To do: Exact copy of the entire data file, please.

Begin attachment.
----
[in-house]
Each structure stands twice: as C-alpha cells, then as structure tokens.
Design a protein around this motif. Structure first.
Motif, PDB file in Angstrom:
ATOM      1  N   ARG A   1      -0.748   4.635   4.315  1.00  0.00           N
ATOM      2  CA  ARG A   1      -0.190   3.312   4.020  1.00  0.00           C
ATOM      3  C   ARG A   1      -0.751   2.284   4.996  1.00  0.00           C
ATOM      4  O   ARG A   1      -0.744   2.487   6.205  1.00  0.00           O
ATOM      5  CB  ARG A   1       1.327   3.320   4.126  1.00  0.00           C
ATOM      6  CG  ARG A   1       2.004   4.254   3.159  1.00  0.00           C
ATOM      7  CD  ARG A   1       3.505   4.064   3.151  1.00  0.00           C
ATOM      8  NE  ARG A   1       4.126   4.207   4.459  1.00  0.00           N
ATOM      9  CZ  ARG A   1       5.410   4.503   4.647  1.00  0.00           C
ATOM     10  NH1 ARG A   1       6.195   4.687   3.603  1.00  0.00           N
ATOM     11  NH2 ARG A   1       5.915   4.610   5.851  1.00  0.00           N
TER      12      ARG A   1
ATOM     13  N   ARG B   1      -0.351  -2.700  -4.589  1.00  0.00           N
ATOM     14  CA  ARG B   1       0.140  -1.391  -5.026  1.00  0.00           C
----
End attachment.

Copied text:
[in-house]
Each structure stands twice: as C-alpha cells, then as structure tokens.
Design a protein around this motif. Structure first.
Motif, PDB file in Angstrom:
ATOM      1  N   ARG A   1      -0.748   4.635   4.315  1.00  0.00           N
ATOM      2  CA  ARG A   1      -0.190   3.312   4.020  1.00  0.00           C
ATOM      3  C   ARG A   1      -0.751   2.284   4.996  1.00  0.00           C
ATOM      4  O   ARG A   1      -0.744   2.487   6.205  1.00  0.00           O
ATOM      5  CB  ARG A   1       1.327   3.320   4.126  1.00  0.00           C
ATOM      6  CG  ARG A   1       2.004   4.254   3.159  1.00  0.00           C
ATOM      7  CD  ARG A   1       3.505   4.064   3.151  1.00  0.00           C
ATOM      8  NE  ARG A   1       4.126   4.207   4.459  1.00  0.00           N
ATOM      9  CZ  ARG A   1       5.410   4.503   4.647  1.00  0.00           C
ATOM     10  NH1 ARG A   1       6.195   4.687   3.603  1.00  0.00           N
ATOM     11  NH2 ARG A   1       5.915   4.610   5.851  1.00  0.00           N
TER      12      ARG A   1
ATOM     13  N   ARG B   1      -0.351  -2.700  -4.589  1.00  0.00           N
ATOM     14  CA  ARG B   1       0.140  -1.391  -5.026  1.00  0.00           C